label the vertical harmonic interval quantities between the staves for each example ( ex. M3, m3, P5, aug.4th etc.). 
Label passing tones with the letter "P" and neighbor notes with an "N."

email your counterpoint to crb@rpi.edu by noon on Oct. 28th to play in class.
Due Oct. 31st
redo and check oct. 28th assignment.
email your counterpoint to crb@rpi.edu by noon on Oct. 31st to play in class.

Due 11/4
redo and correct counterpoint assignments.

read section on chords up to "origin of the names":
http://www.teoria.com/reference/index.htm

Due 11/7 read section on chords up to "origin of the names": http://www.teoria.com/reference/index.htm write a 4 bar melody that supports a cmajor triad. important notes of the triad should fall on important beats. passing tones and dissonant tones can be used to create tension. Complete the assignment with your notation software and email to crb before class thursday.

Due 11/11 write a short diatonic melody (melody using notes of major scale) and harmonize it using triads based on the major scale . important notes of the triad should fall on important beats. write the chords as a roman numeral over the melody, fill in the bass note and other chord tones keeping common tones. email to crb before class thursday.

Due 11/21
web reading: 
http://www.teoria.com/reference/chords.htm

read the sections starting with 7th chords up to and including 9th chords

start on your ideas for the final composition.

final assignment due dec 2 and 5th in class" performances"  - 30 points (= 3 daily assignments)
although you will be asked to discuss your work along the way in class 
and show progress towards the final composition.

I would like you to write one final composition with the following features:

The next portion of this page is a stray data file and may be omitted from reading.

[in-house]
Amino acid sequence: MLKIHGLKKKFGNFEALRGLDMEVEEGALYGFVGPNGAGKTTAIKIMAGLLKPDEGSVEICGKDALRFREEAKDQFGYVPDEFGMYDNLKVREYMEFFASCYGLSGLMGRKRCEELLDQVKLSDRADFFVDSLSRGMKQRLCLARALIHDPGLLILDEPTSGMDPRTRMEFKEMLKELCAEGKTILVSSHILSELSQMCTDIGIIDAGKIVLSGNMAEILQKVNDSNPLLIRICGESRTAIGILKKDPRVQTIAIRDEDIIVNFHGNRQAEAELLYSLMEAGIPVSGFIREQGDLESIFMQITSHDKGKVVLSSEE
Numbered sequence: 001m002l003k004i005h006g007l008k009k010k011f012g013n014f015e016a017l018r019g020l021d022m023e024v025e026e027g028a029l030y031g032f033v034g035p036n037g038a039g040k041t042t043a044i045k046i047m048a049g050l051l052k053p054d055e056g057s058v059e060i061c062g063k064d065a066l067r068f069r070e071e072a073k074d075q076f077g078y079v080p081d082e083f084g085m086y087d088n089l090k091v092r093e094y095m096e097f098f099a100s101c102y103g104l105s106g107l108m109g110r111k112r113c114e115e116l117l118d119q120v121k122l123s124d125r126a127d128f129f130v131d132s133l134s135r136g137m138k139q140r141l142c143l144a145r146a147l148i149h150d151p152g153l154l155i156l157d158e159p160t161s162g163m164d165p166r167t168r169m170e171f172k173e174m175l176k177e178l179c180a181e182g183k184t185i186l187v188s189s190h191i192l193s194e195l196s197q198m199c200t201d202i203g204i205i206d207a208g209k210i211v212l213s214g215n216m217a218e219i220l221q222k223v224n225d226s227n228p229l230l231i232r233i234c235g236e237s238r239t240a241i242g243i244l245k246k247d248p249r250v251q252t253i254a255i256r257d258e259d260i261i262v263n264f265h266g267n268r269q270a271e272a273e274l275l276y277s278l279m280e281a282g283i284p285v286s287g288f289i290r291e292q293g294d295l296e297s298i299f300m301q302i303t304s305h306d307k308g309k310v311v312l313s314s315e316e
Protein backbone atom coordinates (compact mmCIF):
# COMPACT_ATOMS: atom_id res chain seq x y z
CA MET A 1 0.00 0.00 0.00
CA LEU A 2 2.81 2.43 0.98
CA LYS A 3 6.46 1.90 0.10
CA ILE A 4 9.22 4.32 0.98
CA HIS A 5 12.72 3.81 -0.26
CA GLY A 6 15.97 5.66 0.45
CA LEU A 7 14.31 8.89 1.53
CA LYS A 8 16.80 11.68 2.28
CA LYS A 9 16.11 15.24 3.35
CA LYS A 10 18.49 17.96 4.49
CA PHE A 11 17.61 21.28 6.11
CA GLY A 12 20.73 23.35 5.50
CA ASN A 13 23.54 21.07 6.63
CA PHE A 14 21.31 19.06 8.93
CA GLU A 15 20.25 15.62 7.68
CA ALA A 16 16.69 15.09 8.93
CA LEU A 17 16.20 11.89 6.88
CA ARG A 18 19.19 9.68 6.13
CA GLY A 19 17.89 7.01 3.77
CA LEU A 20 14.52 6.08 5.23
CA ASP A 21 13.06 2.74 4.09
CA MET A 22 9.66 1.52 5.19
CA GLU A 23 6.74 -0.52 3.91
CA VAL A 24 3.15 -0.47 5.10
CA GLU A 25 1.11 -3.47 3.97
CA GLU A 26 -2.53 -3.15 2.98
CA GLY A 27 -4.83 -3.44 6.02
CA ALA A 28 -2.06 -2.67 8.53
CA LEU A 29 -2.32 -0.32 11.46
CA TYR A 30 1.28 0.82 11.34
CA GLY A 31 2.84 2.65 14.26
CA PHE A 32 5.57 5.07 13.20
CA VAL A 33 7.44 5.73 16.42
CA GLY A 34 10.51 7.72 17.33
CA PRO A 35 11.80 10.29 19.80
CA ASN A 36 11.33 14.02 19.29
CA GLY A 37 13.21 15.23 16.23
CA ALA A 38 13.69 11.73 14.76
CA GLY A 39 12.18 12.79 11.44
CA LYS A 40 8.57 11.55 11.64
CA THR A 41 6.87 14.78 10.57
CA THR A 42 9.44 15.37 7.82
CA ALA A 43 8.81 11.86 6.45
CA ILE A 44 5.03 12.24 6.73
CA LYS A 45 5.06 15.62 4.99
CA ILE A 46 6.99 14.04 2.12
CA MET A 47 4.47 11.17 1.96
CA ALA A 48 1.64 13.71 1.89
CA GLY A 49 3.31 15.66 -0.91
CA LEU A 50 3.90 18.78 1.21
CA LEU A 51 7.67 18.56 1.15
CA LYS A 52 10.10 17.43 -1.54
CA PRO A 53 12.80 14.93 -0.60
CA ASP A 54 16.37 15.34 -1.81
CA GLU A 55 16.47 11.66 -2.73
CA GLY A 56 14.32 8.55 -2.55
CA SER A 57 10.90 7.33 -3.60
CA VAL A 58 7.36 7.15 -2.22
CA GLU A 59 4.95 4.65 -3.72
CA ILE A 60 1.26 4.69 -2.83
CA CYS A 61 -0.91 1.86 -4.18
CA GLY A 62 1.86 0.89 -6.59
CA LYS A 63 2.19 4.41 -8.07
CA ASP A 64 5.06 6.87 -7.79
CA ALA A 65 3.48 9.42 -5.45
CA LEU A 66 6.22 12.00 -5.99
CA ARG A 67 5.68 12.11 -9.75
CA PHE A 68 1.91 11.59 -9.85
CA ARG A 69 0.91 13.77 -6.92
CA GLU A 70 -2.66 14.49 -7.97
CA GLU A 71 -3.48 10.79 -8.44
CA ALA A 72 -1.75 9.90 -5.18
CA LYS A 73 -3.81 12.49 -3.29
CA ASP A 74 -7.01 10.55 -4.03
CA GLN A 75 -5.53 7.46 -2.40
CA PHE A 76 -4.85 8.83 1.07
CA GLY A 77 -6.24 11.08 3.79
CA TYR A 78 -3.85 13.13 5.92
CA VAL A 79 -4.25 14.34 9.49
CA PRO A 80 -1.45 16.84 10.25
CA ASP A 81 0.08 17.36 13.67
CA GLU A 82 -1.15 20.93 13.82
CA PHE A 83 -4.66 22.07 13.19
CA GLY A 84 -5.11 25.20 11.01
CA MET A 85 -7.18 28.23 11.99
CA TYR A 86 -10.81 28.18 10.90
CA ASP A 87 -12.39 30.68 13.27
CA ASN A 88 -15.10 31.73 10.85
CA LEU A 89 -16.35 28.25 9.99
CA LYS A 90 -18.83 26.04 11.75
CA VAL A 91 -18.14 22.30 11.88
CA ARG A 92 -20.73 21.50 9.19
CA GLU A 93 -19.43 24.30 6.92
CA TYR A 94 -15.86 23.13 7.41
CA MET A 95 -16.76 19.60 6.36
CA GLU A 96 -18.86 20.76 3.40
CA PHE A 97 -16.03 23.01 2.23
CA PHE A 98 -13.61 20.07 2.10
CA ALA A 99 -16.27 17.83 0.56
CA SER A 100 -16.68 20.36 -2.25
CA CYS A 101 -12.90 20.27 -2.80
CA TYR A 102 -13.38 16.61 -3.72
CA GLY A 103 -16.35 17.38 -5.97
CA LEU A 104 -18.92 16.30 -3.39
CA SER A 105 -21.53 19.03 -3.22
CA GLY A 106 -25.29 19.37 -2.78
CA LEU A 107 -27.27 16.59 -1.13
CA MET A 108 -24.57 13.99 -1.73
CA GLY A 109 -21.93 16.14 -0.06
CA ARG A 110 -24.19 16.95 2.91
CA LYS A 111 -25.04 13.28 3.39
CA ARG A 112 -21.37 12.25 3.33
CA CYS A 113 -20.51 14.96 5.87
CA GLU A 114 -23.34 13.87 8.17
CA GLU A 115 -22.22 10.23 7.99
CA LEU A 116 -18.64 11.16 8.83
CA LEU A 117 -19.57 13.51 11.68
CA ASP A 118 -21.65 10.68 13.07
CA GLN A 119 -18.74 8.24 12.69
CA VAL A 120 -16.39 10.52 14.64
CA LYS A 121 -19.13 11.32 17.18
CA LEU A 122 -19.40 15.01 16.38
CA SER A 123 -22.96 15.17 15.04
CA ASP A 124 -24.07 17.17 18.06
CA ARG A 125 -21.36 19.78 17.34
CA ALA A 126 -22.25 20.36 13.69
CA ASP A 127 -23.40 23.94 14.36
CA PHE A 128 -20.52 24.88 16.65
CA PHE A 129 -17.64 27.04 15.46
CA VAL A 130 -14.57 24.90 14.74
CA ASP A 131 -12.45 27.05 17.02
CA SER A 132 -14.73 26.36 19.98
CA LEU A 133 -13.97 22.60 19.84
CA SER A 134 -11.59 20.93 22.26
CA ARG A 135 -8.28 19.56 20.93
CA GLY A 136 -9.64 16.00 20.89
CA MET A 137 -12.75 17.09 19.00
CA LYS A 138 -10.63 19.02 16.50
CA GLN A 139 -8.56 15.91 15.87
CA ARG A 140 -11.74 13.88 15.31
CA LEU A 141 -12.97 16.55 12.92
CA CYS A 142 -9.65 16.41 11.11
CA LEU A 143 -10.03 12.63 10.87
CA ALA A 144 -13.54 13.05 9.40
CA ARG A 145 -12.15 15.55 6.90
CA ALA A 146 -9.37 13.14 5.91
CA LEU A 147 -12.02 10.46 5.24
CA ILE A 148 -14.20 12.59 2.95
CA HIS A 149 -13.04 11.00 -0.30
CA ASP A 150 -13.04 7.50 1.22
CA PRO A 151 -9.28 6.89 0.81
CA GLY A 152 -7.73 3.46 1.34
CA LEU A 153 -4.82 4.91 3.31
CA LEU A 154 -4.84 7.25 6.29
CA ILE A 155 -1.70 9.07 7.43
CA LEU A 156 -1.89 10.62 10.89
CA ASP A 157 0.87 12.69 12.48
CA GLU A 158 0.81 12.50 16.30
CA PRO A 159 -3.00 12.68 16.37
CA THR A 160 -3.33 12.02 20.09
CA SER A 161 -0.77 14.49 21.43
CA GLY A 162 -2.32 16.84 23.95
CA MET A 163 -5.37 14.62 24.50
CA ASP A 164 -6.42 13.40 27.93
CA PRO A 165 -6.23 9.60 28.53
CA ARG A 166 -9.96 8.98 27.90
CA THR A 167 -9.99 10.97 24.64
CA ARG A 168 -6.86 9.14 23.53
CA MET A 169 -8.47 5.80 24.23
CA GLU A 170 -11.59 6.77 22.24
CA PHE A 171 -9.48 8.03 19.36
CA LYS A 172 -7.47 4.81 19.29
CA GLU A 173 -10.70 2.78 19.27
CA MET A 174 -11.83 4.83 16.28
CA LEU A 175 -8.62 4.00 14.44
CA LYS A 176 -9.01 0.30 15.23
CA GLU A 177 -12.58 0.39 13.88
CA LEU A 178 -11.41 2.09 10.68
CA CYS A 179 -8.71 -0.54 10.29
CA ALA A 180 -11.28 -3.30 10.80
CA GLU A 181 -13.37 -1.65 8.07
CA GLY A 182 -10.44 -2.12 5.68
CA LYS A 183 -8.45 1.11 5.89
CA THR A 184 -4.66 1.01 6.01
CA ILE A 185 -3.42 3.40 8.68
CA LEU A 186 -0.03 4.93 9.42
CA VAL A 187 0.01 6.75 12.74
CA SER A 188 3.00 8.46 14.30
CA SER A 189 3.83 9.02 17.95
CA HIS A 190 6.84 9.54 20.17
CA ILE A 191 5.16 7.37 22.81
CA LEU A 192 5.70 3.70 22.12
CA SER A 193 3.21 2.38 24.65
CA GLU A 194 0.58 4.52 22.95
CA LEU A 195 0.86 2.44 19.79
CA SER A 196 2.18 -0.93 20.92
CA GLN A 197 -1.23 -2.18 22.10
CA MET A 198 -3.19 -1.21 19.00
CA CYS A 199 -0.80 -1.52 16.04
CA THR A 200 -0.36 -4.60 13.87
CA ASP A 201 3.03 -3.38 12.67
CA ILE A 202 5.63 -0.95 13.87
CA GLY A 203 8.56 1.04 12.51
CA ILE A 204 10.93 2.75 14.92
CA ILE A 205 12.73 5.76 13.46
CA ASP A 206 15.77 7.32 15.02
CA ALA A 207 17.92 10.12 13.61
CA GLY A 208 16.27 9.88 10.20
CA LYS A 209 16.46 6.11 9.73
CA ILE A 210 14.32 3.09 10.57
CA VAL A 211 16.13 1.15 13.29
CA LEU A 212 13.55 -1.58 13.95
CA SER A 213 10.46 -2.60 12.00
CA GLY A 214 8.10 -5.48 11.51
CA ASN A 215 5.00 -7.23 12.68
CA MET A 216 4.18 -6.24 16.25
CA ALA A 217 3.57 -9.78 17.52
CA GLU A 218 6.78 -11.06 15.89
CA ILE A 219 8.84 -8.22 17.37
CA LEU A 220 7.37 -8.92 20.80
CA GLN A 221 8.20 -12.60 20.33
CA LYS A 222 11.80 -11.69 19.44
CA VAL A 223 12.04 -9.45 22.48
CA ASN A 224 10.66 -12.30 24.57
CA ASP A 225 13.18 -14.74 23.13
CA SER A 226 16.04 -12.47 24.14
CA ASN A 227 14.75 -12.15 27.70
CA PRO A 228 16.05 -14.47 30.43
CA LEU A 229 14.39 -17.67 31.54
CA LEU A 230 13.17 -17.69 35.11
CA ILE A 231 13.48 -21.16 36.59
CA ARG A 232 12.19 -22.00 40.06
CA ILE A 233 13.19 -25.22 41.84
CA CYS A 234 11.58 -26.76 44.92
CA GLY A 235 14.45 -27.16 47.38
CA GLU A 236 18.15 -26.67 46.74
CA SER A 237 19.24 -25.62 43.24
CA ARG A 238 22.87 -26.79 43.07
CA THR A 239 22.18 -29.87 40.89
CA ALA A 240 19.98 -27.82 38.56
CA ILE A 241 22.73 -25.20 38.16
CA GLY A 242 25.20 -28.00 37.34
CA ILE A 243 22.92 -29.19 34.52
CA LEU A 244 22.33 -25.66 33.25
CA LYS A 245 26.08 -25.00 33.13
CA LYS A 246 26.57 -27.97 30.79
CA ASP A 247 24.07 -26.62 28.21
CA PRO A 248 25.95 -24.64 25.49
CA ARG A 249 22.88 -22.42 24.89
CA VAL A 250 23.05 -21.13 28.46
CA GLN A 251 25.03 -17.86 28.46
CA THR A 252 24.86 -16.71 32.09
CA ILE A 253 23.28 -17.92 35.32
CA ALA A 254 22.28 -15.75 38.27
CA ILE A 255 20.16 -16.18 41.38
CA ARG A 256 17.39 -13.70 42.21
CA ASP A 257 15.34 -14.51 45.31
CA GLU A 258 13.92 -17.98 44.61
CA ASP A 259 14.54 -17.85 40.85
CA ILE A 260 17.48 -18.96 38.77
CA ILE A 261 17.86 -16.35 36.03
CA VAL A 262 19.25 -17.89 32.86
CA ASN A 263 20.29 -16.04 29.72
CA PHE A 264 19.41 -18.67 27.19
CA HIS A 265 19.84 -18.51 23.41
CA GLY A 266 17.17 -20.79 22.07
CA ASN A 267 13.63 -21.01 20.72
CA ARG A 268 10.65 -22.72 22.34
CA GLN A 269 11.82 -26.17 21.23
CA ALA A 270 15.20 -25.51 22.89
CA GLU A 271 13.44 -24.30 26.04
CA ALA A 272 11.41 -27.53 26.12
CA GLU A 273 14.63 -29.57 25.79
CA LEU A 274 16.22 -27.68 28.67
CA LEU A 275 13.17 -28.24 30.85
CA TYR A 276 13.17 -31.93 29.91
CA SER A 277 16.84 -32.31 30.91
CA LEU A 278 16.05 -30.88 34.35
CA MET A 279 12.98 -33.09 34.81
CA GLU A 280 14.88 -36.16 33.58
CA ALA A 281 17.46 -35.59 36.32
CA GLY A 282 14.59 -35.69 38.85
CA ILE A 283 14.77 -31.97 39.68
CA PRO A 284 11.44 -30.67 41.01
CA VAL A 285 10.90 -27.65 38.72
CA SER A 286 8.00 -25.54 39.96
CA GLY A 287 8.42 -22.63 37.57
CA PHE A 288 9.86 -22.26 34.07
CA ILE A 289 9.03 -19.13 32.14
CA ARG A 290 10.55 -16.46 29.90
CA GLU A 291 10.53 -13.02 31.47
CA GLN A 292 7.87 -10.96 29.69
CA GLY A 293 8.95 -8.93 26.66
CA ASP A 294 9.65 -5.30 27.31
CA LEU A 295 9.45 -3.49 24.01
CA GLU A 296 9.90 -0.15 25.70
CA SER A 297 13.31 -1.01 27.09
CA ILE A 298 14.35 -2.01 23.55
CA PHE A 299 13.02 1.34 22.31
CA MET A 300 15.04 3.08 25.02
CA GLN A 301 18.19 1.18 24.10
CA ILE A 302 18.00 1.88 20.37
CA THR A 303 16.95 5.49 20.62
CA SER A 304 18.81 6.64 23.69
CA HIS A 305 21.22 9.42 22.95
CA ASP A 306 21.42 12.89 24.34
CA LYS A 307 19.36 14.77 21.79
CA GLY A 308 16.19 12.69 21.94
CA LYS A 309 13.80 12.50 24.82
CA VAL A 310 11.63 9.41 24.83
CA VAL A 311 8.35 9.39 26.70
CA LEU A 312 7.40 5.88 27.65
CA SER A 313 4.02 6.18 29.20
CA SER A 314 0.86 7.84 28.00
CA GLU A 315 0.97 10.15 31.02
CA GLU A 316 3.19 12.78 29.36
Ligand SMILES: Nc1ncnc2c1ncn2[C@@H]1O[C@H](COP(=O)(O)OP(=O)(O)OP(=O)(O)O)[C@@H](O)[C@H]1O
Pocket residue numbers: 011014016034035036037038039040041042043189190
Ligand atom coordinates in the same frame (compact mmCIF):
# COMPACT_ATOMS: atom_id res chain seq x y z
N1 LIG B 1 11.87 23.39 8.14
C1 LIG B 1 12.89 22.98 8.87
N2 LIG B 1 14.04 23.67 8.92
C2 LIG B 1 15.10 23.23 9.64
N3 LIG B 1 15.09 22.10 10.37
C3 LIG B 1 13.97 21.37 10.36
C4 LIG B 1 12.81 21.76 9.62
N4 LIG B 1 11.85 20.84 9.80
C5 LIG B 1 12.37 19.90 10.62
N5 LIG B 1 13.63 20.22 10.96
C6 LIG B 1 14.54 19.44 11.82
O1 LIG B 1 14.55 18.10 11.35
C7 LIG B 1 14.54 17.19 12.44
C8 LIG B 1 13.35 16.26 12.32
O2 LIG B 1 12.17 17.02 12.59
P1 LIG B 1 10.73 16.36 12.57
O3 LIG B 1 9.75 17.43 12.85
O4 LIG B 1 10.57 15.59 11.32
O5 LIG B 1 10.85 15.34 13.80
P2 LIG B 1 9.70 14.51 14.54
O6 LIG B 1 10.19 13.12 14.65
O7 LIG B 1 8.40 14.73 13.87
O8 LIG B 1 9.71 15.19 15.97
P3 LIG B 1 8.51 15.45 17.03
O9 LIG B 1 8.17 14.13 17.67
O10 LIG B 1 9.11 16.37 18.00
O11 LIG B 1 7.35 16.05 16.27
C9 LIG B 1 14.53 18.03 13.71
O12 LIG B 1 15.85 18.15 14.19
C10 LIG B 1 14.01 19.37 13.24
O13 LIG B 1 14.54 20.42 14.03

1) of a scope larger then you have done before in class.  this does not necessarily mean that it will be
long.  rather, that it be better planned and thoughtfully executed

2) that this composition be artistic and of interest to you.  something you hopefully will be proud of and play for 
people.

3) the composition may be written for performance solely within "notepad" or scored for live musicians. 
communicate with your me and your classmates about your interests and the availability of musicians
so we might plan for the performance.

4)  that the composition have at least 2 different sections and shows a thoughtful use of harmony and 
counterpoint.  

we will discuss your ideas along the way in class and i will ask you to send your scores to me at least once for 
review while you are writing.




Due 11/18
harmonize the 8 bar  melody on the top of this page:
http://musictheory.halifax.ns.ca/22cadences.html
write the figured bass roman numerals (including inversions: 6, 6/4 etc.) and realize the harmonization using 
half notes in the other voices.  strive for a good bass line, try to keep common voices between chords and 
resolve any V I cadences making sure that the leading tone of the key (the third of the V chord) 
goes to the tonic (1st scale degree).

Due 11/14
read
http://musictheory.halifax.ns.ca/21inversions.html
http://musictheory.halifax.ns.ca/22cadences.html
Take the following chord progression: I vi ii V vi IV V I write an 8 bar melody that supports the chord progression. add a bassline (whole or half notes) you can use triad inversions. fill in the other members of the chords. notate and turn in as usual before the thursday class.